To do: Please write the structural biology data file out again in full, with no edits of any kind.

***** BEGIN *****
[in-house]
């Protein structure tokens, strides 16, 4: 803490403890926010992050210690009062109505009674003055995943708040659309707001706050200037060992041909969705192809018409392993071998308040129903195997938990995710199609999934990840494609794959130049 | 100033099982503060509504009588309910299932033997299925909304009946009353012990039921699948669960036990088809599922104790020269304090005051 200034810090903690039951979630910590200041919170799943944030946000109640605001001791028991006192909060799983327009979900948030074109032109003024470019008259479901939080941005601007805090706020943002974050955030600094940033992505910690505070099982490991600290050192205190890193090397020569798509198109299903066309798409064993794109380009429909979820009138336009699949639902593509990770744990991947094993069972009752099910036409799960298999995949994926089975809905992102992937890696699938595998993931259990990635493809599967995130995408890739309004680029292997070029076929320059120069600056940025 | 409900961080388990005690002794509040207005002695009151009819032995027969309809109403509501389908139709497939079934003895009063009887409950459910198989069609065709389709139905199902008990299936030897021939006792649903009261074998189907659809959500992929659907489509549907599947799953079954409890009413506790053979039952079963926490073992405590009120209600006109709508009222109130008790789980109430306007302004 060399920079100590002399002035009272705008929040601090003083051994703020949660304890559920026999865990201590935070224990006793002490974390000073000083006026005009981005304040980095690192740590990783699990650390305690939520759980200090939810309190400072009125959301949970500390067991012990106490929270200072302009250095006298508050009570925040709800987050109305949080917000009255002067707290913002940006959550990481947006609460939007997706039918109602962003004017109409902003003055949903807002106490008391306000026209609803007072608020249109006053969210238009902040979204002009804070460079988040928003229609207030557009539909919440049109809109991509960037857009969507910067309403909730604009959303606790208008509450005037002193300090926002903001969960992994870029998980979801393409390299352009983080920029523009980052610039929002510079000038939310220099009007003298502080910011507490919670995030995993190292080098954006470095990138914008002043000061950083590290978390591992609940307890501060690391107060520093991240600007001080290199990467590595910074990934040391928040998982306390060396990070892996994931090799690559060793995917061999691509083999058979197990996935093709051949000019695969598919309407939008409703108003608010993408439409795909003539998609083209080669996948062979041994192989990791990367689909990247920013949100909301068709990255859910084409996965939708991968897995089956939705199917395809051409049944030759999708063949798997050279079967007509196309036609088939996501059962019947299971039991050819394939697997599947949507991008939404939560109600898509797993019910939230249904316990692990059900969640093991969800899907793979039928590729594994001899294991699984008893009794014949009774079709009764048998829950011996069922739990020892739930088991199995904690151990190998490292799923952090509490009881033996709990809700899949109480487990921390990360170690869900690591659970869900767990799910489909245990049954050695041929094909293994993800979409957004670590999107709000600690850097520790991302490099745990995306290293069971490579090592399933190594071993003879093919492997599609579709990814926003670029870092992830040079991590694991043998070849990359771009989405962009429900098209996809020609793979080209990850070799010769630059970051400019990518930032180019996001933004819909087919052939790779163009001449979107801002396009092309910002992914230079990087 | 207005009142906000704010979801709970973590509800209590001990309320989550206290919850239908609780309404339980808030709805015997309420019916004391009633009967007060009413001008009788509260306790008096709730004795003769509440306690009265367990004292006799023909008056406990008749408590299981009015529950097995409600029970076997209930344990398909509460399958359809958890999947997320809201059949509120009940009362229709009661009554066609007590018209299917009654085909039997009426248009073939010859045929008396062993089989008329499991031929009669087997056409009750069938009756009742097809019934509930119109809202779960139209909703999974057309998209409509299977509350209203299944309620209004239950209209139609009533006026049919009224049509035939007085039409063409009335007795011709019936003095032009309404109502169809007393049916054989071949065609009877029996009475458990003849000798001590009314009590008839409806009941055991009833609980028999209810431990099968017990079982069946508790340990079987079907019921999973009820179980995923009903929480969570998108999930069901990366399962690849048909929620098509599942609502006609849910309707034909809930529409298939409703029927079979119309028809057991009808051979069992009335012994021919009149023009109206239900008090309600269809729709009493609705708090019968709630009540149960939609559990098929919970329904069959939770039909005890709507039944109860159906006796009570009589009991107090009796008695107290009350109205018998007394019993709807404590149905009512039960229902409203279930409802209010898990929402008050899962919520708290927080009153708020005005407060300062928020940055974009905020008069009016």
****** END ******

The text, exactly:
[in-house]
């Protein structure tokens, strides 16, 4: 803490403890926010992050210690009062109505009674003055995943708040659309707001706050200037060992041909969705192809018409392993071998308040129903195997938990995710199609999934990840494609794959130049 | 100033099982503060509504009588309910299932033997299925909304009946009353012990039921699948669960036990088809599922104790020269304090005051 200034810090903690039951979630910590200041919170799943944030946000109640605001001791028991006192909060799983327009979900948030074109032109003024470019008259479901939080941005601007805090706020943002974050955030600094940033992505910690505070099982490991600290050192205190890193090397020569798509198109299903066309798409064993794109380009429909979820009138336009699949639902593509990770744990991947094993069972009752099910036409799960298999995949994926089975809905992102992937890696699938595998993931259990990635493809599967995130995408890739309004680029292997070029076929320059120069600056940025 | 409900961080388990005690002794509040207005002695009151009819032995027969309809109403509501389908139709497939079934003895009063009887409950459910198989069609065709389709139905199902008990299936030897021939006792649903009261074998189907659809959500992929659907489509549907599947799953079954409890009413506790053979039952079963926490073992405590009120209600006109709508009222109130008790789980109430306007302004 060399920079100590002399002035009272705008929040601090003083051994703020949660304890559920026999865990201590935070224990006793002490974390000073000083006026005009981005304040980095690192740590990783699990650390305690939520759980200090939810309190400072009125959301949970500390067991012990106490929270200072302009250095006298508050009570925040709800987050109305949080917000009255002067707290913002940006959550990481947006609460939007997706039918109602962003004017109409902003003055949903807002106490008391306000026209609803007072608020249109006053969210238009902040979204002009804070460079988040928003229609207030557009539909919440049109809109991509960037857009969507910067309403909730604009959303606790208008509450005037002193300090926002903001969960992994870029998980979801393409390299352009983080920029523009980052610039929002510079000038939310220099009007003298502080910011507490919670995030995993190292080098954006470095990138914008002043000061950083590290978390591992609940307890501060690391107060520093991240600007001080290199990467590595910074990934040391928040998982306390060396990070892996994931090799690559060793995917061999691509083999058979197990996935093709051949000019695969598919309407939008409703108003608010993408439409795909003539998609083209080669996948062979041994192989990791990367689909990247920013949100909301068709990255859910084409996965939708991968897995089956939705199917395809051409049944030759999708063949798997050279079967007509196309036609088939996501059962019947299971039991050819394939697997599947949507991008939404939560109600898509797993019910939230249904316990692990059900969640093991969800899907793979039928590729594994001899294991699984008893009794014949009774079709009764048998829950011996069922739990020892739930088991199995904690151990190998490292799923952090509490009881033996709990809700899949109480487990921390990360170690869900690591659970869900767990799910489909245990049954050695041929094909293994993800979409957004670590999107709000600690850097520790991302490099745990995306290293069971490579090592399933190594071993003879093919492997599609579709990814926003670029870092992830040079991590694991043998070849990359771009989405962009429900098209996809020609793979080209990850070799010769630059970051400019990518930032180019996001933004819909087919052939790779163009001449979107801002396009092309910002992914230079990087 | 207005009142906000704010979801709970973590509800209590001990309320989550206290919850239908609780309404339980808030709805015997309420019916004391009633009967007060009413001008009788509260306790008096709730004795003769509440306690009265367990004292006799023909008056406990008749408590299981009015529950097995409600029970076997209930344990398909509460399958359809958890999947997320809201059949509120009940009362229709009661009554066609007590018209299917009654085909039997009426248009073939010859045929008396062993089989008329499991031929009669087997056409009750069938009756009742097809019934509930119109809202779960139209909703999974057309998209409509299977509350209203299944309620209004239950209209139609009533006026049919009224049509035939007085039409063409009335007795011709019936003095032009309404109502169809007393049916054989071949065609009877029996009475458990003849000798001590009314009590008839409806009941055991009833609980028999209810431990099968017990079982069946508790340990079987079907019921999973009820179980995923009903929480969570998108999930069901990366399962690849048909929620098509599942609502006609849910309707034909809930529409298939409703029927079979119309028809057991009808051979069992009335012994021919009149023009109206239900008090309600269809729709009493609705708090019968709630009540149960939609559990098929919970329904069959939770039909005890709507039944109860159906006796009570009589009991107090009796008695107290009350109205018998007394019993709807404590149905009512039960229902409203279930409802209010898990929402008050899962919520708290927080009153708020005005407060300062928020940055974009905020008069009016």